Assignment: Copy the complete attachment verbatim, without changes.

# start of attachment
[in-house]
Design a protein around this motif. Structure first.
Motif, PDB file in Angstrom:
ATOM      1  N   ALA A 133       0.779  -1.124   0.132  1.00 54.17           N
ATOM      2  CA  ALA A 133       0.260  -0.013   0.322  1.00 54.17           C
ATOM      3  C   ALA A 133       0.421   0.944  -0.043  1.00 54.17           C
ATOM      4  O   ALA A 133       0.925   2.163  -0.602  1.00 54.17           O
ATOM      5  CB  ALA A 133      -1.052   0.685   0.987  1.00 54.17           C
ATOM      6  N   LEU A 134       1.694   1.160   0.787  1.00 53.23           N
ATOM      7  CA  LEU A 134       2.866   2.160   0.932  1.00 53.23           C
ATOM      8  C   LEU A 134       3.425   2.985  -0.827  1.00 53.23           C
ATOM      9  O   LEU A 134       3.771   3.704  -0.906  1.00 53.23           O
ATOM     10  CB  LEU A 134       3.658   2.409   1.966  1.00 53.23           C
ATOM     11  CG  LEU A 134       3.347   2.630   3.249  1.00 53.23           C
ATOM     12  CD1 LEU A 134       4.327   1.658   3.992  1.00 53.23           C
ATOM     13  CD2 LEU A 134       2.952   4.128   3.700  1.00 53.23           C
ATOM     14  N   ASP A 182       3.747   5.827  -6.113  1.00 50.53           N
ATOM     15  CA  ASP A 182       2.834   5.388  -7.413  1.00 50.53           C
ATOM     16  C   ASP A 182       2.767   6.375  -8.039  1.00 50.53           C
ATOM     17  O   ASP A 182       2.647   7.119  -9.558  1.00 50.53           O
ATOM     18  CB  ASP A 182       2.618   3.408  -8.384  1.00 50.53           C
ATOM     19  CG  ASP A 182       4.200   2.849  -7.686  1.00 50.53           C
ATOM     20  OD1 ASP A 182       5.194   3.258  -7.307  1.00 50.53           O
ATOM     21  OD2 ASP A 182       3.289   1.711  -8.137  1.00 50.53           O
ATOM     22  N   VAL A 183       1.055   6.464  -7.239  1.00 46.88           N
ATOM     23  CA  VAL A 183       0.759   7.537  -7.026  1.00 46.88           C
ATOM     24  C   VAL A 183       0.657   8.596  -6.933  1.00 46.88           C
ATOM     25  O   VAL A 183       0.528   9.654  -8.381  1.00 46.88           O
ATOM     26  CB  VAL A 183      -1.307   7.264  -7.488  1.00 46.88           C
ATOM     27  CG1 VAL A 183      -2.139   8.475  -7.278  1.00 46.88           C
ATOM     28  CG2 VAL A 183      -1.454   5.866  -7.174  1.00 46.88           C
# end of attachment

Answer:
[in-house]
Design a protein around this motif. Structure first.
Motif, PDB file in Angstrom:
ATOM      1  N   ALA A 133       0.779  -1.124   0.132  1.00 54.17           N
ATOM      2  CA  ALA A 133       0.260  -0.013   0.322  1.00 54.17           C
ATOM      3  C   ALA A 133       0.421   0.944  -0.043  1.00 54.17           C
ATOM      4  O   ALA A 133       0.925   2.163  -0.602  1.00 54.17           O
ATOM      5  CB  ALA A 133      -1.052   0.685   0.987  1.00 54.17           C
ATOM      6  N   LEU A 134       1.694   1.160   0.787  1.00 53.23           N
ATOM      7  CA  LEU A 134       2.866   2.160   0.932  1.00 53.23           C
ATOM      8  C   LEU A 134       3.425   2.985  -0.827  1.00 53.23           C
ATOM      9  O   LEU A 134       3.771   3.704  -0.906  1.00 53.23           O
ATOM     10  CB  LEU A 134       3.658   2.409   1.966  1.00 53.23           C
ATOM     11  CG  LEU A 134       3.347   2.630   3.249  1.00 53.23           C
ATOM     12  CD1 LEU A 134       4.327   1.658   3.992  1.00 53.23           C
ATOM     13  CD2 LEU A 134       2.952   4.128   3.700  1.00 53.23           C
ATOM     14  N   ASP A 182       3.747   5.827  -6.113  1.00 50.53           N
ATOM     15  CA  ASP A 182       2.834   5.388  -7.413  1.00 50.53           C
ATOM     16  C   ASP A 182       2.767   6.375  -8.039  1.00 50.53           C
ATOM     17  O   ASP A 182       2.647   7.119  -9.558  1.00 50.53           O
ATOM     18  CB  ASP A 182       2.618   3.408  -8.384  1.00 50.53           C
ATOM     19  CG  ASP A 182       4.200   2.849  -7.686  1.00 50.53           C
ATOM     20  OD1 ASP A 182       5.194   3.258  -7.307  1.00 50.53           O
ATOM     21  OD2 ASP A 182       3.289   1.711  -8.137  1.00 50.53           O
ATOM     22  N   VAL A 183       1.055   6.464  -7.239  1.00 46.88           N
ATOM     23  CA  VAL A 183       0.759   7.537  -7.026  1.00 46.88           C
ATOM     24  C   VAL A 183       0.657   8.596  -6.933  1.00 46.88           C
ATOM     25  O   VAL A 183       0.528   9.654  -8.381  1.00 46.88           O
ATOM     26  CB  VAL A 183      -1.307   7.264  -7.488  1.00 46.88           C
ATOM     27  CG1 VAL A 183      -2.139   8.475  -7.278  1.00 46.88           C
ATOM     28  CG2 VAL A 183      -1.454   5.866  -7.174  1.00 46.88           C